What Is Blistering Concrete?
Akin to the type of skin irritation, concrete blisters are hollow, inconspicuous nodules on a concrete surface. Though they’re generally small, usually dime-sized in diameter up to one inch, blisters can grow up to three inches in diameter depending on the situation.
Why Does Concrete Blistering Happen?
It begins when either bleed water or bubbles of entrapped air move through the concrete and are unable to escape the surface. Usually the surface was sealed too early during finishing, resulting in the hidden voids of air and bleed water underneath the mortar skin. While it’s possible for the blisters to develop soon after finishing, they can be difficult to identify in dim and/or poorly lit areas. In this case, the blisters are only detected when they break open after the concrete has cured, frequently under the weight of traffic.
Factors Of Blister Formation
Although blisters are a common cause for delamination of concrete, it’s important to avoid the formation in the first place. It’s generally difficult to repair this defect and other types of concrete defects after the surface hardens. Common factors include:
Excessive Or Insufficient Vibration
With inadequate vibration, entrapped air can’t be released whereas vibrating the screeds too much causes a thick layer of mortar on the surface.
Use Of An Improper Floating Tool
It’s important to test the surface to make sure you’re using the right tool, such as a wood or magnesium bull float, for the surface. Otherwise, an improper floating tool can’t seal the surface which leads to further concrete issues.
Excessive Evaporation Of Bleed Water
When this happens, the surface appears to be ready for final finishing, but the concrete continues to release bleed water and entrapped air. It’s a major problem when the surrounding environment experiences:
- High ambient temperatures;
- High wind speeds; and/or
- Low humidity.
Whether the entrained air is used or at a higher than normal level, it significantly reduces the quantity and rate of bleed water inside the concrete. In turn, the concrete looks as if it’s ready to be floated and finished but doing so would produce premature finishing.
Cooler Subgrade Than Concrete
The temperature difference causes the surface to set at a faster rate than the bottom concrete, frequently resulting in a premature finish.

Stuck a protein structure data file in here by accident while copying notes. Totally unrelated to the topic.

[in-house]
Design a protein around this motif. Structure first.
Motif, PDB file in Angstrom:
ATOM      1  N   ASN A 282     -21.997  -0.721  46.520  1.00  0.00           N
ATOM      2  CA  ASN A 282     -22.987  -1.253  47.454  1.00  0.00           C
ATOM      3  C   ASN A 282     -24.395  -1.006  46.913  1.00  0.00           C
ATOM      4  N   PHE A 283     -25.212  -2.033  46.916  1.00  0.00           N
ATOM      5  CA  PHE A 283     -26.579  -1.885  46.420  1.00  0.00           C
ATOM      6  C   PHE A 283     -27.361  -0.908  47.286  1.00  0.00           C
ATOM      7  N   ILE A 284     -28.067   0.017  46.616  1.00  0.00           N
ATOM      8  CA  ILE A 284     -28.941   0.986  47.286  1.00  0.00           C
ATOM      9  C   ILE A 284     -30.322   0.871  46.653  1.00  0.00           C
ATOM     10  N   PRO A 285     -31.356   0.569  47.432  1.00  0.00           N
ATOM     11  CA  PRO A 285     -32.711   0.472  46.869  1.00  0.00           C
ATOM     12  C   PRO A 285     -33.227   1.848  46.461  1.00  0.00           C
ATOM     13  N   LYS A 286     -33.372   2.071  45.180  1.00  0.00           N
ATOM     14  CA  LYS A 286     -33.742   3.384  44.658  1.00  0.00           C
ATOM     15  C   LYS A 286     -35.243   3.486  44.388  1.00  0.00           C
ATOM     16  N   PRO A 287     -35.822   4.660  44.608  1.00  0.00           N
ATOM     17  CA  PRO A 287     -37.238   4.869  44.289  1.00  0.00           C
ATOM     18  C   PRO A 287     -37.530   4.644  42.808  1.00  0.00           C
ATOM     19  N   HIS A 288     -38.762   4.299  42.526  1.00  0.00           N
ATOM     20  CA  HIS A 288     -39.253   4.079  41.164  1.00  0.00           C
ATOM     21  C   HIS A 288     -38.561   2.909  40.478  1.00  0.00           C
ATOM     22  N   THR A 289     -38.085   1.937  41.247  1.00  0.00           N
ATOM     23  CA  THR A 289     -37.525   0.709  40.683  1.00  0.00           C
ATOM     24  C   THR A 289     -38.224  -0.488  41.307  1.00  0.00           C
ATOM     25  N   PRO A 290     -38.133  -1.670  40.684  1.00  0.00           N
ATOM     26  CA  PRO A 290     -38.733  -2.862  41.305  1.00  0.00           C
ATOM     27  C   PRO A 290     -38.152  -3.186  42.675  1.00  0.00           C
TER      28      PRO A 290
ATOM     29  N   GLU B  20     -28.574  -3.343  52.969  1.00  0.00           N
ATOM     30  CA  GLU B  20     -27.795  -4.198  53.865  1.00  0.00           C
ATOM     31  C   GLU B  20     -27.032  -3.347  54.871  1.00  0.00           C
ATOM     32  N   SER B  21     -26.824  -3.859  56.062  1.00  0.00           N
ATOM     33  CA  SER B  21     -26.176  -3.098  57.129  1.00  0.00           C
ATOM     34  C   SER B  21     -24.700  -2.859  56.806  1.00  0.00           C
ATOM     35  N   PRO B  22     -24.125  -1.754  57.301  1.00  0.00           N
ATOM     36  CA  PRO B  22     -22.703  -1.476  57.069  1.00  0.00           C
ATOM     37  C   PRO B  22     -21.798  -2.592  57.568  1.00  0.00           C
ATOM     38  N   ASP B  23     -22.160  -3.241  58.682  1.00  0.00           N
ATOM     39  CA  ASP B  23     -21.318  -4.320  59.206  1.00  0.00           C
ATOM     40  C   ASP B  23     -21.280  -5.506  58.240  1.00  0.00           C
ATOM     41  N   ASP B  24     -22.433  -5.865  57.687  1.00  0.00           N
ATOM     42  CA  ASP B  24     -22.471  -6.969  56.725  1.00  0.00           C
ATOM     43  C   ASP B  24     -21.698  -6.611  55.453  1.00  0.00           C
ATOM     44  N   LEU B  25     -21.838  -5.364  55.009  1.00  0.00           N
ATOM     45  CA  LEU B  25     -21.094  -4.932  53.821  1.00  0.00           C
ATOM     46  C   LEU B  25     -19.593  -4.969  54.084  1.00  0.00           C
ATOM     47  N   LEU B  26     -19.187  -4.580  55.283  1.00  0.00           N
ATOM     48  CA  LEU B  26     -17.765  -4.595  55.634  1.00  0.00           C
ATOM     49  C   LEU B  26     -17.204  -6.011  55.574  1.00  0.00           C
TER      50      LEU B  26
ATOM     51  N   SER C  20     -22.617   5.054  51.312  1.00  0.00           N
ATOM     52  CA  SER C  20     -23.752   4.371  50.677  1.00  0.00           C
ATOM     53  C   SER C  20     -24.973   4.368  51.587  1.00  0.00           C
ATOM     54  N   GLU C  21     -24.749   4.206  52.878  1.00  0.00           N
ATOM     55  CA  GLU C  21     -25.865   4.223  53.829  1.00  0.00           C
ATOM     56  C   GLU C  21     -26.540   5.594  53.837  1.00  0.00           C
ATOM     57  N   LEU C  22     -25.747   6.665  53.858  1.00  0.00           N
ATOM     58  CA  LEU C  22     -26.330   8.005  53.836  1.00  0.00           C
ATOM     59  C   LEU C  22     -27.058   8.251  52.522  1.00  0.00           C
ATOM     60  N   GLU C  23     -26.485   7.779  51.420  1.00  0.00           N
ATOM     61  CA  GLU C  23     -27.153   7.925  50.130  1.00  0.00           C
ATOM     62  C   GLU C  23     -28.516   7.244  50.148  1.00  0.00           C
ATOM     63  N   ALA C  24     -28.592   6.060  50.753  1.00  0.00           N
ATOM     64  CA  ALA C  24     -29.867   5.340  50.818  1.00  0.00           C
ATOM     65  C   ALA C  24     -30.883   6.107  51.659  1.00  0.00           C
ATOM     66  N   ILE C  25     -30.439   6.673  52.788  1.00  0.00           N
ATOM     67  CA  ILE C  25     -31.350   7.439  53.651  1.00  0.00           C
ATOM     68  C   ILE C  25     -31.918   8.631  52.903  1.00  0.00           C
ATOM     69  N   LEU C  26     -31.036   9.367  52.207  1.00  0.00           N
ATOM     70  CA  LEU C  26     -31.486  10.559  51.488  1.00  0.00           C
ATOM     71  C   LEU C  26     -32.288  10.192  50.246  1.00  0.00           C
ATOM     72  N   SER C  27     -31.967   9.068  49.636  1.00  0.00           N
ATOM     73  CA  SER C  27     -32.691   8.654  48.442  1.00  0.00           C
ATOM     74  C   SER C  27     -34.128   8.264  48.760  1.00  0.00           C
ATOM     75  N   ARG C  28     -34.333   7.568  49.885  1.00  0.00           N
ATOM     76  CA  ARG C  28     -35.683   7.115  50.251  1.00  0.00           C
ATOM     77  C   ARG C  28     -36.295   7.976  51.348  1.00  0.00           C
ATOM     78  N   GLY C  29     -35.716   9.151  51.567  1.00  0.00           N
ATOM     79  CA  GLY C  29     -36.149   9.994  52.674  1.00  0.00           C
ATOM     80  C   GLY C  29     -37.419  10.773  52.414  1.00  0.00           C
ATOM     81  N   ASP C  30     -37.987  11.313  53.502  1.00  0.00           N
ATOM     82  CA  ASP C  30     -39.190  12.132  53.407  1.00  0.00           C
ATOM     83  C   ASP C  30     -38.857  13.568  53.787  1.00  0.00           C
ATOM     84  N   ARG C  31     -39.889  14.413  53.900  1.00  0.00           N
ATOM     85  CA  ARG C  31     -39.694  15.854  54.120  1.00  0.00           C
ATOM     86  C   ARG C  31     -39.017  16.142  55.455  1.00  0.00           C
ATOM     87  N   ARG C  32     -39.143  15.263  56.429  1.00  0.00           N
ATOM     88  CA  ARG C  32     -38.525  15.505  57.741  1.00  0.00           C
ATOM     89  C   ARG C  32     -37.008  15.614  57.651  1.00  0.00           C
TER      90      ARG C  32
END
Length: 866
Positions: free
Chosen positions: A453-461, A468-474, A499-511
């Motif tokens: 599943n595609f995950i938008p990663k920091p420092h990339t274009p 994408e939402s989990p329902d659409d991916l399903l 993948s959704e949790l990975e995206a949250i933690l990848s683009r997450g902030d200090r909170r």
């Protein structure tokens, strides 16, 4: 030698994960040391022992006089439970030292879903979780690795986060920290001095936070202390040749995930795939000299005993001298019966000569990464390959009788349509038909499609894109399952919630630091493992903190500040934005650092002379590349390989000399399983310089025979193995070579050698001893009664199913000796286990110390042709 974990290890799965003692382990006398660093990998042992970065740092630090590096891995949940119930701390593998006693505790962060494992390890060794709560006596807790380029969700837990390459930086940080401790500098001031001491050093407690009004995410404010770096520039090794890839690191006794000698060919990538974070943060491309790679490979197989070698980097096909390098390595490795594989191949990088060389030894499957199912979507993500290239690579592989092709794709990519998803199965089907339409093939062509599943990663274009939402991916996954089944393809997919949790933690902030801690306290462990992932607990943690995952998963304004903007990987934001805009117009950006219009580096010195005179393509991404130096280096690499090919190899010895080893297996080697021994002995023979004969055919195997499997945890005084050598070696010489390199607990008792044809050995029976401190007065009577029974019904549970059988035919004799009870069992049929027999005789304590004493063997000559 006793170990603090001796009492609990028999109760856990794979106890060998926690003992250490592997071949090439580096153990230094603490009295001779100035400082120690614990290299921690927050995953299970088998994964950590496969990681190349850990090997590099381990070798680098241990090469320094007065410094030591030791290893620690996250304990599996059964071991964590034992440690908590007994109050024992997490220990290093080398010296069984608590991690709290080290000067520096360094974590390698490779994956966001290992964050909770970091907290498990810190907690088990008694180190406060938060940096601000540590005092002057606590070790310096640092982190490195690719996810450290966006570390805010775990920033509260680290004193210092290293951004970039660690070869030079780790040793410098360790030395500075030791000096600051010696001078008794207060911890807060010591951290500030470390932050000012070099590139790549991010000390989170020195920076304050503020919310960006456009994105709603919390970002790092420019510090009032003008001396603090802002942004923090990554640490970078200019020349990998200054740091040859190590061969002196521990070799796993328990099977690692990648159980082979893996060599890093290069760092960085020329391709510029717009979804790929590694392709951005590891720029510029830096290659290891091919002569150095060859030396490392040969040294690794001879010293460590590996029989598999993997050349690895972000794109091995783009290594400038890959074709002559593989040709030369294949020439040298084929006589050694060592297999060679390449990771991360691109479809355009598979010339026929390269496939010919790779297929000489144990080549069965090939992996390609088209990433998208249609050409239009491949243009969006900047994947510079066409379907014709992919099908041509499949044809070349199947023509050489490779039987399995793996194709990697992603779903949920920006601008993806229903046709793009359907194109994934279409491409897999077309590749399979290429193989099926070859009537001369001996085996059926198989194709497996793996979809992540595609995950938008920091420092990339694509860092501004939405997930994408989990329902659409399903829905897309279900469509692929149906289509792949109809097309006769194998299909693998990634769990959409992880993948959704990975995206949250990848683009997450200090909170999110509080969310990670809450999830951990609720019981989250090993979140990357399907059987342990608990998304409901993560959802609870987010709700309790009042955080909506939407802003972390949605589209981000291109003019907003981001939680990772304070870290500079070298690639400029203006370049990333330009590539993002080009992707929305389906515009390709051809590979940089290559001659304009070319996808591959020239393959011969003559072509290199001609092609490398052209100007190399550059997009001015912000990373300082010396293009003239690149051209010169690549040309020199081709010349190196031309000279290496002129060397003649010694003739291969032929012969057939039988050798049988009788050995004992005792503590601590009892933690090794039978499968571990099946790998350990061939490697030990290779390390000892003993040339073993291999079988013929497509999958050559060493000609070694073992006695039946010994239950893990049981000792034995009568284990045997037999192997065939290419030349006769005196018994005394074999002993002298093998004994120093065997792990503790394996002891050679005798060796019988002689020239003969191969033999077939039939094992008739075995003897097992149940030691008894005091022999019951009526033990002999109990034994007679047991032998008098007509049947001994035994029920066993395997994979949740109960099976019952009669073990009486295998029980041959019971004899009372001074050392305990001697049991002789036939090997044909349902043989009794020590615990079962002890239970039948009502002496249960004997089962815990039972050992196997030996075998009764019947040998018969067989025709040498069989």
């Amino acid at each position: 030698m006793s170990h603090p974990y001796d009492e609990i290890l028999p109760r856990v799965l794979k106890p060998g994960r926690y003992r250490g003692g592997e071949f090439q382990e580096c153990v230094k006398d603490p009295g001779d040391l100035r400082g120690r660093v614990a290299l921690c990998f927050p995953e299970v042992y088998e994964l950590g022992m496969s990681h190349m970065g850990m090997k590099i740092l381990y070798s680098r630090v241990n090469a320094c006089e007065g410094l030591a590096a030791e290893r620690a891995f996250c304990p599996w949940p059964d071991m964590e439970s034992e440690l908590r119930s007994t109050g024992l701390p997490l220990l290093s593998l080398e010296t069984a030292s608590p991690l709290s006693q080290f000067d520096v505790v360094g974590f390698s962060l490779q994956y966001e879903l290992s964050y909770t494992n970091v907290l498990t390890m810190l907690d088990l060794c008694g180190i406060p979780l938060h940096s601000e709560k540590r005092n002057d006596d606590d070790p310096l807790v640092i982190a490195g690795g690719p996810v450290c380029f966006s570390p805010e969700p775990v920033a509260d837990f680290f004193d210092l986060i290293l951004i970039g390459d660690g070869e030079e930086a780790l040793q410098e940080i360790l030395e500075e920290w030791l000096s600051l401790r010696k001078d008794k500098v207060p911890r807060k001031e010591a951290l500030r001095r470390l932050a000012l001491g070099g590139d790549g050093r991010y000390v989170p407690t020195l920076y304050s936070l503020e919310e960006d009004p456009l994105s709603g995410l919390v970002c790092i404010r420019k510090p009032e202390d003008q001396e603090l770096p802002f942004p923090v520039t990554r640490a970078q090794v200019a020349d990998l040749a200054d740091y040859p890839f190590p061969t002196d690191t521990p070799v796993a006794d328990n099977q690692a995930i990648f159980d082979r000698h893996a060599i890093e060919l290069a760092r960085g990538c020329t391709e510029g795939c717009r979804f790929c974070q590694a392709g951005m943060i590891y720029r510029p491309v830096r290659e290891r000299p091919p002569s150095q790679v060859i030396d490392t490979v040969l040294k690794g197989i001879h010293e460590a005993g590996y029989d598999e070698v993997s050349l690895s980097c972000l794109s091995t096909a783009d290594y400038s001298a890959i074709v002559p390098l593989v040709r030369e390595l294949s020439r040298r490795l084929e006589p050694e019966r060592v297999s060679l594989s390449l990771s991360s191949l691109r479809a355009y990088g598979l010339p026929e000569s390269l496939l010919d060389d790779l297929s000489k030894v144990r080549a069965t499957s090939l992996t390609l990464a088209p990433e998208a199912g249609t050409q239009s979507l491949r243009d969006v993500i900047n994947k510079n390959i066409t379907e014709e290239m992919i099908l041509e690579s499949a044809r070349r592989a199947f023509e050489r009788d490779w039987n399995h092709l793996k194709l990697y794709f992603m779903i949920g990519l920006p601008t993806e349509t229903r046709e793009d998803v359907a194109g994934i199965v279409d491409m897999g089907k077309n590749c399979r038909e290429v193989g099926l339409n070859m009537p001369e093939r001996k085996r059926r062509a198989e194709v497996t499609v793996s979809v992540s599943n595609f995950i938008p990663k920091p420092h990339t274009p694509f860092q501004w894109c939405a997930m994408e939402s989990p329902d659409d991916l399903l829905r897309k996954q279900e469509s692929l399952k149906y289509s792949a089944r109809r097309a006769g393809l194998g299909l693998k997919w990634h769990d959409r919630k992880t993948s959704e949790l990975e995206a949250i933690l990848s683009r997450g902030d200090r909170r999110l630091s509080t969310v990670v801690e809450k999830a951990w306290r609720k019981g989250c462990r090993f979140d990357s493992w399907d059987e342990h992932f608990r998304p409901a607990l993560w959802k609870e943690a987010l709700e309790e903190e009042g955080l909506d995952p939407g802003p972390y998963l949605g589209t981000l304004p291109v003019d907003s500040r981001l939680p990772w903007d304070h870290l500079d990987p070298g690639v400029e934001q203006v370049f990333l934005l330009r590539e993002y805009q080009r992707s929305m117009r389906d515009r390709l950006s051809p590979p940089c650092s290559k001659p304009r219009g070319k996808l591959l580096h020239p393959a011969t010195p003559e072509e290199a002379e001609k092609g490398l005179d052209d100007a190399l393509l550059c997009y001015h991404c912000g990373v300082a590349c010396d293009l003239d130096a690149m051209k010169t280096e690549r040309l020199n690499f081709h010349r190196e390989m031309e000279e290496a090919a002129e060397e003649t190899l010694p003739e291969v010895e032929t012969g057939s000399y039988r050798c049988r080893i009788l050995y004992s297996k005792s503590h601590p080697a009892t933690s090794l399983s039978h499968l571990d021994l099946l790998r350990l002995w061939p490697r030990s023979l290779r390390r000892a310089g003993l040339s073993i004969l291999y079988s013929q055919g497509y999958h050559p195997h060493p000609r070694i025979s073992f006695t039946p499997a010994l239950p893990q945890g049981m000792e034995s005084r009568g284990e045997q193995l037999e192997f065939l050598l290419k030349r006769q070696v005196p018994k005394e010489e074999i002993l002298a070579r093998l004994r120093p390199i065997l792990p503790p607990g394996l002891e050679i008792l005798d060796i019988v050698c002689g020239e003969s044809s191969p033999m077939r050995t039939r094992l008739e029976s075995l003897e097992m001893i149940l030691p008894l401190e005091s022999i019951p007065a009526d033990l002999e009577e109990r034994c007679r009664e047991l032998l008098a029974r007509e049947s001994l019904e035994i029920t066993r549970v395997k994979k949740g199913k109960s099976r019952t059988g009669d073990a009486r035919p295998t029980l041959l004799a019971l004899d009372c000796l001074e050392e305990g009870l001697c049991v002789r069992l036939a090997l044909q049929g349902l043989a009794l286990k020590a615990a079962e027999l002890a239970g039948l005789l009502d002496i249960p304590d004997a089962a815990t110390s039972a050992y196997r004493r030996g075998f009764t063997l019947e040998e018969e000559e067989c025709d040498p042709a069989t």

Thick Concrete Slab
When the slab thickness exceeds an ideal depth, the bleed water and entrapped air need more time to rise to the surface. This delays overall curing and finishing.
Cohesive Or Sticky Concrete
This situation usually arises when there’s a higher content of cementitious materials or excessive fines in the sand, causing less bleeding and at a slower rate. Yet, lower content levels allow for more rapid bleeding during a shorter time frame but the concrete has a higher total amount of bleeding thus delaying the finish.
Prematurely Applying Dry Shake
This commonly happens with air-entrained concrete.
Placing The Slab On An Impervious Base
Placing a concrete slab over an impervious base, such as a vapor retarder, which prevents the subgrade from absorbing the bleed water.
Can I Prevent Concrete Blisters?
Yes. Use caution if a concrete surface appears to be ready for finishing ahead of the predicted timeline. Any finishing operations should focus on:
- Quickly placing, striking off, and bull floating the concrete; and
- Not creating a mortar layer on the surface.
Once these steps are complete, delay any further finishing if possible. Protect the surface from evaporation with a covering, such as polyethylene. In a situation where high evaporation rates are present, cover a small part of the slab to assess if bleeding is present.
During the initial floating, make sure the float blades are flat which avoids premature densification of the surface. In cool weather, using an accelerating admixture or heated concrete frequently prevents blister formation. Also, it’s recommended to use non-air entrained concrete for interior slabs, but not to steel trowel any air entrained concrete.
Tips To Avoid Concrete Blistering
- Don’t seal the surface before air and/or bleed water have escaped from the concrete below.
- Don’t use dry shakes on air-entrained concrete.
- In cooler weather, using accelerated or heated concrete promotes even setting throughout the slab depth.
- If vapor retarders are required, refer to CIP 28 to avoid premature finishing. Otherwise, never place a slab directly on a vapor retarder.
- Take steps to protect the concrete from premature drying and/or evaporation.
- For slumps more than five inches, don’t use excessive vibration, such as a vibratory screed.
- Don’t steel trowel air-entrained concrete. If use is necessary based on project specifications, use extreme caution when timing the finishing.
What Can I Do If Concrete Blisters Form?
Generally, there are two options to choose from. You can flatten the trowel blades or use a wood float to rip the surface then stall finishing as long as possible. If the current conditions cause rapid evaporation, the rate may be slowed between finishing steps by:
- Using wind breaks;
- Misting the surface with water;
- Adding evaporation retarders; and/or
- Covering the surface with polyethylene film or wet burlap.
Refer to ACI 302.1R and ACI 305 for additional suggestions.